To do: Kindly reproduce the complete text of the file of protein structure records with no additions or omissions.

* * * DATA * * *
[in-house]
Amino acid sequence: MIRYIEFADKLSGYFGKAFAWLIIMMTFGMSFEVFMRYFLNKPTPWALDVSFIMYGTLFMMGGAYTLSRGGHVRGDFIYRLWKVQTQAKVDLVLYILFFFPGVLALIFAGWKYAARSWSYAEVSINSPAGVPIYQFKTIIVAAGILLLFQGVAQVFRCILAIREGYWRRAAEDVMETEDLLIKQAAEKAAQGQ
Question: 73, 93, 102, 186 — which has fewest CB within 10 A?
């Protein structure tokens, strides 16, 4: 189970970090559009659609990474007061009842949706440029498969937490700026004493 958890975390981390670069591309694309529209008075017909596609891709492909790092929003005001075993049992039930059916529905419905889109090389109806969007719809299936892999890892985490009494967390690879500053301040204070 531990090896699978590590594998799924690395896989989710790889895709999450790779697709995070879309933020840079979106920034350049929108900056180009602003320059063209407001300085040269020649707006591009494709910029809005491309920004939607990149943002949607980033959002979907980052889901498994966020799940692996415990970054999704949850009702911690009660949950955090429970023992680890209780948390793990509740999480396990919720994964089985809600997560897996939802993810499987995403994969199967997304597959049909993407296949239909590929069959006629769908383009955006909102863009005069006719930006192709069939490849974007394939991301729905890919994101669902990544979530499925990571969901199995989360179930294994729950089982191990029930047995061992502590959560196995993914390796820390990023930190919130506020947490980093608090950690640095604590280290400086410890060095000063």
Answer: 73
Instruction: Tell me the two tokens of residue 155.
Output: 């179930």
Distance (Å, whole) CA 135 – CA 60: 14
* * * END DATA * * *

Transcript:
[in-house]
Amino acid sequence: MIRYIEFADKLSGYFGKAFAWLIIMMTFGMSFEVFMRYFLNKPTPWALDVSFIMYGTLFMMGGAYTLSRGGHVRGDFIYRLWKVQTQAKVDLVLYILFFFPGVLALIFAGWKYAARSWSYAEVSINSPAGVPIYQFKTIIVAAGILLLFQGVAQVFRCILAIREGYWRRAAEDVMETEDLLIKQAAEKAAQGQ
Question: 73, 93, 102, 186 — which has fewest CB within 10 A?
């Protein structure tokens, strides 16, 4: 189970970090559009659609990474007061009842949706440029498969937490700026004493 958890975390981390670069591309694309529209008075017909596609891709492909790092929003005001075993049992039930059916529905419905889109090389109806969007719809299936892999890892985490009494967390690879500053301040204070 531990090896699978590590594998799924690395896989989710790889895709999450790779697709995070879309933020840079979106920034350049929108900056180009602003320059063209407001300085040269020649707006591009494709910029809005491309920004939607990149943002949607980033959002979907980052889901498994966020799940692996415990970054999704949850009702911690009660949950955090429970023992680890209780948390793990509740999480396990919720994964089985809600997560897996939802993810499987995403994969199967997304597959049909993407296949239909590929069959006629769908383009955006909102863009005069006719930006192709069939490849974007394939991301729905890919994101669902990544979530499925990571969901199995989360179930294994729950089982191990029930047995061992502590959560196995993914390796820390990023930190919130506020947490980093608090950690640095604590280290400086410890060095000063």
Answer: 73
Instruction: Tell me the two tokens of residue 155.
Output: 């179930």
Distance (Å, whole) CA 135 – CA 60: 14